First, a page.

How the Giants Bullpen Looks After Signing of Luke Jackson

The Giants continued a busy offseason on January 9, as San Francisco’s front office inked RHP Luke Jackson to a two-year contract. The right-hander spent all of season on the IL, but when Jackson returns, he could be yet layer of insurance for a Giants bullpen that has been among the better ones in all of MLB over the last two seasons.

Related: How the Mariners Outfield Looks After Pickup of AJ Pollock

A Look at Jackson

Former Braves RHP Luke Jackson will head to San Francisco after a five-year stint with the Braves. Jackson missed all of 2022 due to an elbow injury, but it’s not hard to see why San Francisco moved to give the right-hander a multi-year deal.

Jackson — who carries a career 4.24 ERA — was excellent for the Braves in Atlanta’s run to the World Series in 2021. Jackson struck out 70 over 63.2 IP that season with the Braves, along with a 1.98 ERA. The 31-year-old had an interesting run in the playoffs that year, but did pitch 3.1 scoreless innings against the Astros.

Before the injury, the right-hander’s arsenal included a curveball, a hard fastball that sits in the mid-90’s, and an above-average slider that induced a fair chunk of swings and misses. Batters in 2021 hit just .198 off the slider, as Jackson recorded a 35.1% Whiff rate from it.

Control and command, however, has been Jackson’s biggest issue in his career. Despite the quality stuff, the right-hander holds a below-average BB% rate for his career.

Jackson underwent Tommy John surgery back in April 2022 and is not expected to be ready for the start of 2023. Provided that his rehab goes well, the new Giants right-hander could see his first action in the Bay Area this season.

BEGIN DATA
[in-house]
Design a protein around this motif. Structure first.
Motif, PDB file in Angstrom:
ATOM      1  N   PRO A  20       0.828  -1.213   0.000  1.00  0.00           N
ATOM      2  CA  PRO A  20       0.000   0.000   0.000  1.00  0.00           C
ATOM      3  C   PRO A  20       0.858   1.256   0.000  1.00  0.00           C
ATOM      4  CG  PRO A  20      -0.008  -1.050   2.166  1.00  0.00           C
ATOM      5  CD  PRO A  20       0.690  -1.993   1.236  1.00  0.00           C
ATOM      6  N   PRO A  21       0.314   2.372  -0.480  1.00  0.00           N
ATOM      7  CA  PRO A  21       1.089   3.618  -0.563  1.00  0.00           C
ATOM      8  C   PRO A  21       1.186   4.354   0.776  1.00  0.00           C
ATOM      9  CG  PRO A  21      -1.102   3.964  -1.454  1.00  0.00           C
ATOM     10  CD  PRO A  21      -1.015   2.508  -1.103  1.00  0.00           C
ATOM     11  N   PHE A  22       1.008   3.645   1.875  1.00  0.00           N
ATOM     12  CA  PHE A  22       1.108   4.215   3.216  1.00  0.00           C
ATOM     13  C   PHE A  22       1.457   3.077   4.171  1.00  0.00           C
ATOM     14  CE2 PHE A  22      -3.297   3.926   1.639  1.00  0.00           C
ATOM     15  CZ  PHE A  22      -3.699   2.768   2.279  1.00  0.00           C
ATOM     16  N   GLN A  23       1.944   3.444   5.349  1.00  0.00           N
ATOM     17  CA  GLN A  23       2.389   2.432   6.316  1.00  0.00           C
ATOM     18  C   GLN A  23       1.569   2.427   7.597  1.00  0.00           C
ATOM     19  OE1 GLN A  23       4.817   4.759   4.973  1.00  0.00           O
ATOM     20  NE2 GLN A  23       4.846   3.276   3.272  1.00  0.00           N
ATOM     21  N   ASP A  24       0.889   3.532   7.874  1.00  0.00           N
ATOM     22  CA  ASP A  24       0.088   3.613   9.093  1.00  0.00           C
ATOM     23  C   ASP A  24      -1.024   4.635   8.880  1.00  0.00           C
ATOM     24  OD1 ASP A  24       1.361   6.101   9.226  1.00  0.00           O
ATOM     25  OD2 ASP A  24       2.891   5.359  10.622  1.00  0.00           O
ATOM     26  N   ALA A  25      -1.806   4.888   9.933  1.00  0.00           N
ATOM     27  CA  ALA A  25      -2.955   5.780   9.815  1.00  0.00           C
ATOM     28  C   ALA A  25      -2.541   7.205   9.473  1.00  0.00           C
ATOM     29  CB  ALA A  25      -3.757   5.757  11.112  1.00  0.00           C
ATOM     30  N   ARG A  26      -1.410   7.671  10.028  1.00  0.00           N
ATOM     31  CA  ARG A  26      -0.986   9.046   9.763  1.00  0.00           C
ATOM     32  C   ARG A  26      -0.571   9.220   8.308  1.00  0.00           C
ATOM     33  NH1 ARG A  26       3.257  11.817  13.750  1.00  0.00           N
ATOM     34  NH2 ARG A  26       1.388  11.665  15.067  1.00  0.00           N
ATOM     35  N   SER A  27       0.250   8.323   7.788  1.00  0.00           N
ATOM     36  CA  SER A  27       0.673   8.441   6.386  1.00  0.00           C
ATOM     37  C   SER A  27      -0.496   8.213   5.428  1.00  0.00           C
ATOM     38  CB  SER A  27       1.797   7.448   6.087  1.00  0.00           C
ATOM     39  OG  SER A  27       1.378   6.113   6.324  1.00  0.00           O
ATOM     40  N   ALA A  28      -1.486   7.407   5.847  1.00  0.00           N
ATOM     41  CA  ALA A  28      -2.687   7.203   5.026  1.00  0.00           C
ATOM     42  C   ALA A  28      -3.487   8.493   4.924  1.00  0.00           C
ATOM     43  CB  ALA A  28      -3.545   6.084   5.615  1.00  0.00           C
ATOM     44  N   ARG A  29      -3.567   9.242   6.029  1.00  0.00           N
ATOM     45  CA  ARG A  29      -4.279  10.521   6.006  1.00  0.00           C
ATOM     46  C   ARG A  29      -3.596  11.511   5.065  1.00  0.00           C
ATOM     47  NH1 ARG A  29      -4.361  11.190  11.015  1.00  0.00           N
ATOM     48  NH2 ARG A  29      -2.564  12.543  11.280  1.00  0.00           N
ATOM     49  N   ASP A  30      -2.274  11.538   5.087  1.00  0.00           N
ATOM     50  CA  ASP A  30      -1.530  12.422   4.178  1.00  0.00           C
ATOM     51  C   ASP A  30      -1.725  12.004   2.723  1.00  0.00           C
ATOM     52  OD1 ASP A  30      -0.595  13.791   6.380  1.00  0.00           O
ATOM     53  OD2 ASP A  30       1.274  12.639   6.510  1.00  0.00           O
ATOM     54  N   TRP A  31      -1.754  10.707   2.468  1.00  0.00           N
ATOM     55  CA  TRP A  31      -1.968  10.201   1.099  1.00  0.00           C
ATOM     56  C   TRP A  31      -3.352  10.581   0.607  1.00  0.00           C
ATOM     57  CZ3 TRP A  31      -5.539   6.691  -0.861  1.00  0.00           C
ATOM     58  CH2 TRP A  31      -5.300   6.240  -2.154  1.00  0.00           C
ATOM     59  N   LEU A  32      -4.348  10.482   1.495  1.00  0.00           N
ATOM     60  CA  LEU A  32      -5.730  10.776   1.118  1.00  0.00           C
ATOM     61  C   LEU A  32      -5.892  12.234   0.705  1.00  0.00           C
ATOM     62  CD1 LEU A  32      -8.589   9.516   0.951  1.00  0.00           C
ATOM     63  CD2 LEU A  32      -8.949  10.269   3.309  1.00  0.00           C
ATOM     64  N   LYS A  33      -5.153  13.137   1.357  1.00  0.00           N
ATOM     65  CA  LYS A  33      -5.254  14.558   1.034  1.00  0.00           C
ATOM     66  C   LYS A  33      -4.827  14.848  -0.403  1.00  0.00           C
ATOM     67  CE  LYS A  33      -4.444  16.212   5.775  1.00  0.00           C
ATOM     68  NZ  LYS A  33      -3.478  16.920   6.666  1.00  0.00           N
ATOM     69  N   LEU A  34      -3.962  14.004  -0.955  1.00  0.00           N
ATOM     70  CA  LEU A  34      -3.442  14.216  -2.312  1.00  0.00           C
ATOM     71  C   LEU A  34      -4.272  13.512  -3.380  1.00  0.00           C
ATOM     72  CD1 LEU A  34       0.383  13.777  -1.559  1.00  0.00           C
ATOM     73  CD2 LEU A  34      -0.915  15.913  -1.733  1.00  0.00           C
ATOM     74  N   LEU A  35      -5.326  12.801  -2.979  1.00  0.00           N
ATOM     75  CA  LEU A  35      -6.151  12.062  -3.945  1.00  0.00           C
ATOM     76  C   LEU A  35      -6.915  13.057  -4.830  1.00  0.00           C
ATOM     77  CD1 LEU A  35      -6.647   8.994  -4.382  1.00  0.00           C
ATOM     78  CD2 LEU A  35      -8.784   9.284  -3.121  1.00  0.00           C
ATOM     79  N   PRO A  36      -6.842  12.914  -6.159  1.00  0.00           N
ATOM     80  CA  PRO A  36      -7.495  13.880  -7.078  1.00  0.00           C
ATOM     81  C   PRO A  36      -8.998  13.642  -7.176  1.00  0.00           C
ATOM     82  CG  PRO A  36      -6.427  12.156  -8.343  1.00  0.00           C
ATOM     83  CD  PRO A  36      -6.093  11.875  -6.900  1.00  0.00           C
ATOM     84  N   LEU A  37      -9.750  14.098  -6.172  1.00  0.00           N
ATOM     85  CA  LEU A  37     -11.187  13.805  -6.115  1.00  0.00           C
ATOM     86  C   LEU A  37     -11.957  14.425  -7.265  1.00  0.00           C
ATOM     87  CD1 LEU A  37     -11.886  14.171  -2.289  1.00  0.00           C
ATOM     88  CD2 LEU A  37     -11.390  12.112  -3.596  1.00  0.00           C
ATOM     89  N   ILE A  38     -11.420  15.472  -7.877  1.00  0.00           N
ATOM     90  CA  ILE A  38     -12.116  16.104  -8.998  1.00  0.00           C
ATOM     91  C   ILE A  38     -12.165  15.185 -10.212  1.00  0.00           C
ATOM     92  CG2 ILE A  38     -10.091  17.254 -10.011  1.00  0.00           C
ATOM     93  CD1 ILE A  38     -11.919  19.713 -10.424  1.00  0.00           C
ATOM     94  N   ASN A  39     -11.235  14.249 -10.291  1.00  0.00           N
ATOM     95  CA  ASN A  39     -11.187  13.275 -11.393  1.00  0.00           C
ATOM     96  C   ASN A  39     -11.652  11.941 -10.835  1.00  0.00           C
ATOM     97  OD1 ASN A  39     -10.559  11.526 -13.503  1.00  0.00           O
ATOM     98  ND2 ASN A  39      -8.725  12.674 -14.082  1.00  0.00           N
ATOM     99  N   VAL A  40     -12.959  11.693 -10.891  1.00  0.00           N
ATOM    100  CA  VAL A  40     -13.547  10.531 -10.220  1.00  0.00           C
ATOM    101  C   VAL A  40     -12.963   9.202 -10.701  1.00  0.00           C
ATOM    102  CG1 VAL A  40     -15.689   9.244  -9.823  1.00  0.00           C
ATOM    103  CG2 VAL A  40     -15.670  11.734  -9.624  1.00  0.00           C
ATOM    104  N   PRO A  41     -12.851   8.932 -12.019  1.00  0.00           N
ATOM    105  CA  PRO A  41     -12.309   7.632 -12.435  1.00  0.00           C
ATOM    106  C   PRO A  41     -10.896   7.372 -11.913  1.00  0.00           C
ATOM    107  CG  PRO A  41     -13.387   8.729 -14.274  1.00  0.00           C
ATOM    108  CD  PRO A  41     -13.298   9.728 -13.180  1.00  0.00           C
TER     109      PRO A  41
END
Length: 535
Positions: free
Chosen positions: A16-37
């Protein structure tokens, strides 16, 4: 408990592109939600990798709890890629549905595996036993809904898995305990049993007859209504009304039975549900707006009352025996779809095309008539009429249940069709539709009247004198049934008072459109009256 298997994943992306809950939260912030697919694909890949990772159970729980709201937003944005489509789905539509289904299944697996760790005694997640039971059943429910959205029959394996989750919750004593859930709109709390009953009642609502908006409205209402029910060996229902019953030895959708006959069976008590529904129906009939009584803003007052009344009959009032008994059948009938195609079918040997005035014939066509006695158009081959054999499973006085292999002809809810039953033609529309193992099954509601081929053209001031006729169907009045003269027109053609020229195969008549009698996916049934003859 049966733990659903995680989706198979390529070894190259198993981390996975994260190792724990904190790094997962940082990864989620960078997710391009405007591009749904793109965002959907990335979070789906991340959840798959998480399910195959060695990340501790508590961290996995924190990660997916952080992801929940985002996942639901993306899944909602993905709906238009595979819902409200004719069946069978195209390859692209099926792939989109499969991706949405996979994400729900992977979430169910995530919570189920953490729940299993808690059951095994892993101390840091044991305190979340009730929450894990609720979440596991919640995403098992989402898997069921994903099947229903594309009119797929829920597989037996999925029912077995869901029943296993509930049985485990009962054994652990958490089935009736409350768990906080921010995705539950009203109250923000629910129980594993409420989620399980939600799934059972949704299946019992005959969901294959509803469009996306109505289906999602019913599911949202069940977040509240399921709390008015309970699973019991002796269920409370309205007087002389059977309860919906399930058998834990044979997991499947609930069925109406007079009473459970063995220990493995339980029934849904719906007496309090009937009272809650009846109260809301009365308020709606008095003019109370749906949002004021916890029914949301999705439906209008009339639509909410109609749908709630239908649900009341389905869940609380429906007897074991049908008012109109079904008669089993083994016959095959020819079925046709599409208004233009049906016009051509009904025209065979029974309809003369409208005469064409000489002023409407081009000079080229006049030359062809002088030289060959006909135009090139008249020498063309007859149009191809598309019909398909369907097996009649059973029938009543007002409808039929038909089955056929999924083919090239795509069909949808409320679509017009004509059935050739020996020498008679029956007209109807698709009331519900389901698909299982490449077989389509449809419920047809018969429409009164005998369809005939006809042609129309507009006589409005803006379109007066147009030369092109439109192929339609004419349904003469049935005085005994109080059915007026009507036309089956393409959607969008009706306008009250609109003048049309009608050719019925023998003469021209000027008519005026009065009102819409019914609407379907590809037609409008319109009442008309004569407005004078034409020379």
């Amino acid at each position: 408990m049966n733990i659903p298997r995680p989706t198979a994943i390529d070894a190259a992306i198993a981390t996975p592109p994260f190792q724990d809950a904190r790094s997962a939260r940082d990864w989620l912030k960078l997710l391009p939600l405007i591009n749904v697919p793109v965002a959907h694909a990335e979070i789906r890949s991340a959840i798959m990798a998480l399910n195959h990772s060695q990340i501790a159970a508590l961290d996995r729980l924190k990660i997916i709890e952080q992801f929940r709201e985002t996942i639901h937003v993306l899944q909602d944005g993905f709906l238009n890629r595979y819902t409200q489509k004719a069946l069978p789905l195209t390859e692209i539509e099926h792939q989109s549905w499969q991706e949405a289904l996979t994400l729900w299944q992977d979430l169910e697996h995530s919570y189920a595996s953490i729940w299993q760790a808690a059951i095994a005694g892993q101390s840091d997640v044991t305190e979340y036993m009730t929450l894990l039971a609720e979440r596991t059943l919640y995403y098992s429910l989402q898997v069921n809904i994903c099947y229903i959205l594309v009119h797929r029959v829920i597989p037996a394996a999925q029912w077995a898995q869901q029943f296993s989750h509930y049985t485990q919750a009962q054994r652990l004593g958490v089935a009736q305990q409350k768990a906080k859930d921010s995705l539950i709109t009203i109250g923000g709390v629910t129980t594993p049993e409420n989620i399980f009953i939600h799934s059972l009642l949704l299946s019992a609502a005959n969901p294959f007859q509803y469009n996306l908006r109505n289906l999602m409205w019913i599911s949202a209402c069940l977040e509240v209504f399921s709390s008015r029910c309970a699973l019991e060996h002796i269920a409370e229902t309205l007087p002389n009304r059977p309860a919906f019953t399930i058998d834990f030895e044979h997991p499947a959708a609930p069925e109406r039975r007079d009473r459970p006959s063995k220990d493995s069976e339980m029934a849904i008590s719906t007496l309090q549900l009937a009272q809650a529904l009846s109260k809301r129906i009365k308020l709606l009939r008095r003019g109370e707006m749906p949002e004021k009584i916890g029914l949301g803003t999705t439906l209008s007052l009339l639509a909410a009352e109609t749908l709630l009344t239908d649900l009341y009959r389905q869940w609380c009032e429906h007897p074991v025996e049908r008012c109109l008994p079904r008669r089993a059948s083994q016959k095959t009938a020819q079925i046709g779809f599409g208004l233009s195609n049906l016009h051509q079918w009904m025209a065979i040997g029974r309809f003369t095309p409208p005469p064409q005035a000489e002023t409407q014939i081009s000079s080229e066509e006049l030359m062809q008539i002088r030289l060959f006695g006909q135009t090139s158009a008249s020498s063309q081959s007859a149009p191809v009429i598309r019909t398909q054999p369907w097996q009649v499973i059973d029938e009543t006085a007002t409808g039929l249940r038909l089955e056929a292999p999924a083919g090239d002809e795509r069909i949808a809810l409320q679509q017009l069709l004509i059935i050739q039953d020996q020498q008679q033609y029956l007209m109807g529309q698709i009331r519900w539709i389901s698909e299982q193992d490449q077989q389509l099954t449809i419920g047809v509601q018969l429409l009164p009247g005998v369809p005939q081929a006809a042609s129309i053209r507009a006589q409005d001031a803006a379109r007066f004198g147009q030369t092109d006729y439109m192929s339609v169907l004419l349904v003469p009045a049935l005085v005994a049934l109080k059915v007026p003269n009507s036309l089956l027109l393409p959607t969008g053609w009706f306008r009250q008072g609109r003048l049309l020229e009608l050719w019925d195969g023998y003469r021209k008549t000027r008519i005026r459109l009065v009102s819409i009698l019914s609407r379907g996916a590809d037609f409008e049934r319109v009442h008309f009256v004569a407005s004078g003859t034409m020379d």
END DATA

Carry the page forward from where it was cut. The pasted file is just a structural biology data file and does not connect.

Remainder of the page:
What it Means

Assuming that Jackson will get back to action at some point this upcoming season, the right-hander will join a Giants bullpen that already boasts power and deception. Here’s an overview of how the Giants bullpen shakes out entering 2023:

We should also note that San Francisco also acquired left-handed pitching prospect Erik Miller from the Phillies earlier on January 9. Miller could also factor in at some point come this season.

That group of eight, as well as starter/long-man options Jakob Junis and Alex Wood, should form a solid and deep bullpen. Fellow new Giant reliever Taylor Rogers has proven to beat hitters throughout his career, as has veteran RHP John Brebbia. Not to mention, San Francisco also rosters two of the games’ most deceptive relievers in RHPs Tyler Rogers and Camilo Doval. The primary late-inning option for the Giants last season, Doval recorded a fantastic 2.53 ERA and 10.6 K/9 en route to 27 saves.

San Francisco’s bullpen has been a strength in recent years. Even though the Giants did lose two valuable arms to free agency in Dominic Leone and Jarlín García, San Francisco should be just fine in the pen this upcoming season.

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